White Rock Riesling receives 5 stars from Winestate Magazine
August 18, 2014
A Cold, Wet Start to the Season and a Dry, Hot Summer
January 27, 2014
Why Are You So Into Pinot?
February 4, 2016
How we achieve quality not quantity
June 18, 2014
We’ve been asked by a few people lately how we ensure our wines are bursting with flavour and quality each year. There’s a reason that craft beers, home cooked food and boutique wines taste better than mass-produced food and beverages.
The biggest difference for our wines is the way we carefully mind the grapes throughout the year, and with just seven acres to look after, we make sure that happens. At the end of the season, when it’s time to harvest, we handpick seven or eight tonnes of grapes to the hectare, making sure we only take the best quality fruits and cut out any that aren’t up to scratch. Compare that to 20 tonnes to the hectare of machine harvested wine grapes and you’ll understand why quality is achieved in small vineyards!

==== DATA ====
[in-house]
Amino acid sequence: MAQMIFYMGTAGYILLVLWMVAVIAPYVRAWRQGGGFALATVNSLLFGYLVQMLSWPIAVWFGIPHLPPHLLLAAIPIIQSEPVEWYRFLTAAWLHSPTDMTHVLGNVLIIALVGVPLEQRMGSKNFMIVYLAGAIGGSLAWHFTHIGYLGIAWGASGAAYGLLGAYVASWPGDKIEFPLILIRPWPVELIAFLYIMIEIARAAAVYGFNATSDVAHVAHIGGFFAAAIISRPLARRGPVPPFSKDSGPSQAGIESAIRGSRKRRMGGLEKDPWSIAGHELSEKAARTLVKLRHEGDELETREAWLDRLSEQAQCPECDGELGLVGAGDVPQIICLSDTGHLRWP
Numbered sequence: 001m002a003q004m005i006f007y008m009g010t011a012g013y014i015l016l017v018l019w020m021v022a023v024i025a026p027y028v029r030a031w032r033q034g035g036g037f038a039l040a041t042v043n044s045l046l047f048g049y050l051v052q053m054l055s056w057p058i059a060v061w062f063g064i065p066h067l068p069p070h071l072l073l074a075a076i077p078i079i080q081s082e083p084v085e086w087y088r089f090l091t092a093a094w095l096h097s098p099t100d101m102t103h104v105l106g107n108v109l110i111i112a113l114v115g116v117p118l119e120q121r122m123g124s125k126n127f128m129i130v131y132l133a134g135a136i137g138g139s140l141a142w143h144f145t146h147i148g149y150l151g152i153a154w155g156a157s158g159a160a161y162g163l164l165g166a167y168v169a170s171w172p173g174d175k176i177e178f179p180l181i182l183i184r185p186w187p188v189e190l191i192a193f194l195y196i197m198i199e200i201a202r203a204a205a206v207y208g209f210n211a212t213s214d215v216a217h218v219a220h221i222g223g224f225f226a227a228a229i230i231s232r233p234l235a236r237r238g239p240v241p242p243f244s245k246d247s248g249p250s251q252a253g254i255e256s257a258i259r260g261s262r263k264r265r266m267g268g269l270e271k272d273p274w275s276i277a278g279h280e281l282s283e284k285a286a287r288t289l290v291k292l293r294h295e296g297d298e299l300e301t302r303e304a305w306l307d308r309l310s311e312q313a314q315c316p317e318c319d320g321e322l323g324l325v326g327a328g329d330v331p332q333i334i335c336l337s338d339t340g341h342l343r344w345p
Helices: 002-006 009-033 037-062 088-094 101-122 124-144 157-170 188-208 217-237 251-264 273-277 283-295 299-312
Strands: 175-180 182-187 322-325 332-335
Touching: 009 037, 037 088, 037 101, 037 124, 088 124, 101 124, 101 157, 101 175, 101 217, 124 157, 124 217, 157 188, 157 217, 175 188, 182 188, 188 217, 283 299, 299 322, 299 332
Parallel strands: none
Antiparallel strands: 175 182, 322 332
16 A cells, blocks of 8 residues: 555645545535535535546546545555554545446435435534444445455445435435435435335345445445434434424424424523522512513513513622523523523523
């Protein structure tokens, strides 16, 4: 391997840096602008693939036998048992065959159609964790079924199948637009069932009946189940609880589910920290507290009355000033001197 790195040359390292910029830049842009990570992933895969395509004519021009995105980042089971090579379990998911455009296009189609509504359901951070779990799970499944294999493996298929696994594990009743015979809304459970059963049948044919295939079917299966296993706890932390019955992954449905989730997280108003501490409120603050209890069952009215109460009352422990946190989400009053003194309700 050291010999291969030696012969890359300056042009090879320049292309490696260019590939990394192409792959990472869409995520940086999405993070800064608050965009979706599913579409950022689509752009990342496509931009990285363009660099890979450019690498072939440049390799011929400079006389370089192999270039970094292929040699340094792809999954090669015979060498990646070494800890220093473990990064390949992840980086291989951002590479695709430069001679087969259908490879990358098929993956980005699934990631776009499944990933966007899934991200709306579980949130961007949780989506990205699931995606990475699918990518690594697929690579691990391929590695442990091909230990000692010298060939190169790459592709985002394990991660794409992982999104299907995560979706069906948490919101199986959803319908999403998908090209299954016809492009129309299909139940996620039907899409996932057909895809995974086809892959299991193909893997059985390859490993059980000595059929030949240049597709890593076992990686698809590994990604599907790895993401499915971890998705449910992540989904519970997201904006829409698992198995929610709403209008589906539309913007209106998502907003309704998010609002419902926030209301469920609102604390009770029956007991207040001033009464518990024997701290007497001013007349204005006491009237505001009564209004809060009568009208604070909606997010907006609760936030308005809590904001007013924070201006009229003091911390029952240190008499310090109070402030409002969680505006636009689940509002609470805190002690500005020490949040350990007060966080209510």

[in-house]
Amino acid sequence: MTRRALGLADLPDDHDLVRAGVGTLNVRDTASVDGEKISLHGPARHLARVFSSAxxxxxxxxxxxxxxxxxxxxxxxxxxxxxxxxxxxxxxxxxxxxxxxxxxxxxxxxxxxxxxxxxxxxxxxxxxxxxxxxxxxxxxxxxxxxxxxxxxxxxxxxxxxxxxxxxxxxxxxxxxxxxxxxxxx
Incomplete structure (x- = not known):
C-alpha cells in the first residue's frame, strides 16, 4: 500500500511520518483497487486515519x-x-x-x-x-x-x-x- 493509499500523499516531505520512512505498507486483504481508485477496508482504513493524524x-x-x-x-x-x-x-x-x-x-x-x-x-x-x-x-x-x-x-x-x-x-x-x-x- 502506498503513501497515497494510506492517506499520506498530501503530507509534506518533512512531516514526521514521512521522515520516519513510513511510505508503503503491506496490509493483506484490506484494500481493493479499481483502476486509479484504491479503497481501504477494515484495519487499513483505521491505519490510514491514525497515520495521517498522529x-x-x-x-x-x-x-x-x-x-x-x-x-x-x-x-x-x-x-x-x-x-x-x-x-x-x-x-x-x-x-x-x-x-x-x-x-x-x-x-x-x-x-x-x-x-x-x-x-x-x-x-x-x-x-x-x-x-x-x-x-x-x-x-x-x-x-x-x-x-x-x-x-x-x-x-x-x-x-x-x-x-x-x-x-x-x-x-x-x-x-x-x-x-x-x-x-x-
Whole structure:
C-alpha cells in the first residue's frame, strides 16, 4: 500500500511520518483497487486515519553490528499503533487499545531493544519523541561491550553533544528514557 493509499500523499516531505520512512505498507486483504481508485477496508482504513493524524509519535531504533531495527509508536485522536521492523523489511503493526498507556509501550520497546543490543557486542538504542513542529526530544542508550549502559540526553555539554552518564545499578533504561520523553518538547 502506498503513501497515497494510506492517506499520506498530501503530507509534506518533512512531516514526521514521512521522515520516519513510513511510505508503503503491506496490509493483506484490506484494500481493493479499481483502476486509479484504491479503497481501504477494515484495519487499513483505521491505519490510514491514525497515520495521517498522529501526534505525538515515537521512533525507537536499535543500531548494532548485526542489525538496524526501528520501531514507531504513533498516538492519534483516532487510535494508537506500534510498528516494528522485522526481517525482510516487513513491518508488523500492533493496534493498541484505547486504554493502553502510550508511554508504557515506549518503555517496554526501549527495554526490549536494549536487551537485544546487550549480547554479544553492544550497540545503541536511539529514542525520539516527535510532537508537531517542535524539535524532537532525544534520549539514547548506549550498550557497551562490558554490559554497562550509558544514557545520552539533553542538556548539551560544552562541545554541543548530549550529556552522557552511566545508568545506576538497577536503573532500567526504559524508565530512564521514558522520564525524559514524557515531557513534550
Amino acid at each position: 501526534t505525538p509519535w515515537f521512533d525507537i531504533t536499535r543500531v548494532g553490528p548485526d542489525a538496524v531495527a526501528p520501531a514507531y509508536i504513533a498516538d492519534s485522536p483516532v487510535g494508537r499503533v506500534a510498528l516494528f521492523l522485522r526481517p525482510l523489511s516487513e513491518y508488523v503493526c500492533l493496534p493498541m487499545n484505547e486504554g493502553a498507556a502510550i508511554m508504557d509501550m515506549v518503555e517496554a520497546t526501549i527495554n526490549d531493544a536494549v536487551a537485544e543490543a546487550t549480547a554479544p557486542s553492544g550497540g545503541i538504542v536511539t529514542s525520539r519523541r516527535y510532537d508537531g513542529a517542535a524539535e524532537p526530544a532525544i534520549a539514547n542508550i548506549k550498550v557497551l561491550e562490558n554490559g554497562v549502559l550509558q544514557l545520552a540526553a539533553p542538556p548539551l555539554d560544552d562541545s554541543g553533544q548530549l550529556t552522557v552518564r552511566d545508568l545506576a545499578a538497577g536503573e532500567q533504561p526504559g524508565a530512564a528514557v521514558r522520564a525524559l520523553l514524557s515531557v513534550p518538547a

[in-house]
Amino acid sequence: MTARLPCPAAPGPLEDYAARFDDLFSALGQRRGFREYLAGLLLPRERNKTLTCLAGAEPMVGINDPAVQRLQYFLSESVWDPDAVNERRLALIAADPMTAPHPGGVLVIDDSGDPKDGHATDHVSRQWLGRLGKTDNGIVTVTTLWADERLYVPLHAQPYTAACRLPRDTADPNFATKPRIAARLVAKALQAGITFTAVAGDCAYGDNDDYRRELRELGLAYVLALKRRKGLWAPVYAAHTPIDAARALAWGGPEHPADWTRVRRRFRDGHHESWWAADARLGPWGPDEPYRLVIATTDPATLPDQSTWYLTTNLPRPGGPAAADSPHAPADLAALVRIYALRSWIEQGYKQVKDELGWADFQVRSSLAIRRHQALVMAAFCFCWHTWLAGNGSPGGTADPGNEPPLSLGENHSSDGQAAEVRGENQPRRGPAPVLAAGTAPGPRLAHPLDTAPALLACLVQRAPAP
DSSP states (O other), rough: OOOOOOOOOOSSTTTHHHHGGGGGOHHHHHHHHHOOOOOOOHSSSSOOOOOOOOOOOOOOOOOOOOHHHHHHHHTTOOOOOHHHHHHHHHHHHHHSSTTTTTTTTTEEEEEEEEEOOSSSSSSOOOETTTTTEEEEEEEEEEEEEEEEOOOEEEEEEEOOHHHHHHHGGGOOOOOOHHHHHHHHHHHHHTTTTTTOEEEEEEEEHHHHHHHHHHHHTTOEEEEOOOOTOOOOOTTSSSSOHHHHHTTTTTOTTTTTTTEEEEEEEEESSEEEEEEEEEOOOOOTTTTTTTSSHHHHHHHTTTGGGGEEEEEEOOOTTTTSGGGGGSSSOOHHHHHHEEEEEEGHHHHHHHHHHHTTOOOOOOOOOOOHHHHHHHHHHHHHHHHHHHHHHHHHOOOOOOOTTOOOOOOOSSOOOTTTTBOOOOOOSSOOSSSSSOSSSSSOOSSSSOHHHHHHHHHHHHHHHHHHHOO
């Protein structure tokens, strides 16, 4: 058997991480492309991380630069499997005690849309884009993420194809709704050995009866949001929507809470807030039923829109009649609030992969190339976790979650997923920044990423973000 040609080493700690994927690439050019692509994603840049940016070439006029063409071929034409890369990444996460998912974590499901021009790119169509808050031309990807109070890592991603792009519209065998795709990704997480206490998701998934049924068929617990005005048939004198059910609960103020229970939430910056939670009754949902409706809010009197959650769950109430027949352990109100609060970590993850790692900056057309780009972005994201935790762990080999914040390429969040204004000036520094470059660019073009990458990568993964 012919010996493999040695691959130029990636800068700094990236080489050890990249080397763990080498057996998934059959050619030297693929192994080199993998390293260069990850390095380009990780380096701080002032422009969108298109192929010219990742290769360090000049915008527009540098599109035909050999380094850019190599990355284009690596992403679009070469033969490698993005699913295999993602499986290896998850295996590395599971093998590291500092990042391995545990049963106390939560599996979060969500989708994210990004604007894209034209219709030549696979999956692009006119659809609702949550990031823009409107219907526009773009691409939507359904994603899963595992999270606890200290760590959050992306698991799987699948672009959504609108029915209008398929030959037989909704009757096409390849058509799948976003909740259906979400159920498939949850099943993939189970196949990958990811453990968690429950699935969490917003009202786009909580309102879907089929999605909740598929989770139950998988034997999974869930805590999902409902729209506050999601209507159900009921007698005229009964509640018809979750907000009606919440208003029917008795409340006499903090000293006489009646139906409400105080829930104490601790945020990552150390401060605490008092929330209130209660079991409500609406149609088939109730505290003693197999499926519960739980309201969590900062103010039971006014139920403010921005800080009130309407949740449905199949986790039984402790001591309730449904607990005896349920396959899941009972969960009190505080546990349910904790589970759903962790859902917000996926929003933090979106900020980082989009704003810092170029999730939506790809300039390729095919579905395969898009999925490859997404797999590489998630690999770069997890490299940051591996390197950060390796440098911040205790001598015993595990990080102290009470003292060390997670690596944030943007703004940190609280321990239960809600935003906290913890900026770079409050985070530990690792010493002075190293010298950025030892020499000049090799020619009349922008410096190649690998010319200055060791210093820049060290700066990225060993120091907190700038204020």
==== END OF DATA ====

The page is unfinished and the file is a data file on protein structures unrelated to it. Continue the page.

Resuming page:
I liken grape production in our region to cooking. Everyone raves about slow cooking and says how much better it tastes. It’s the same with grape growing. Many grapes in Australia are grown in hot climates and are harvested in early February, whereas our little spot in Kimberley, in north-west Tasmania, has a perfect cool climate, which allows the grapes to stay on the vine until April, developing beautiful intense flavours and colours. Our cool nights allow for slow ripening creating good acid balance and very elegant fine wines.
Do you like light sweet wines or more intense dry, fruity flavours?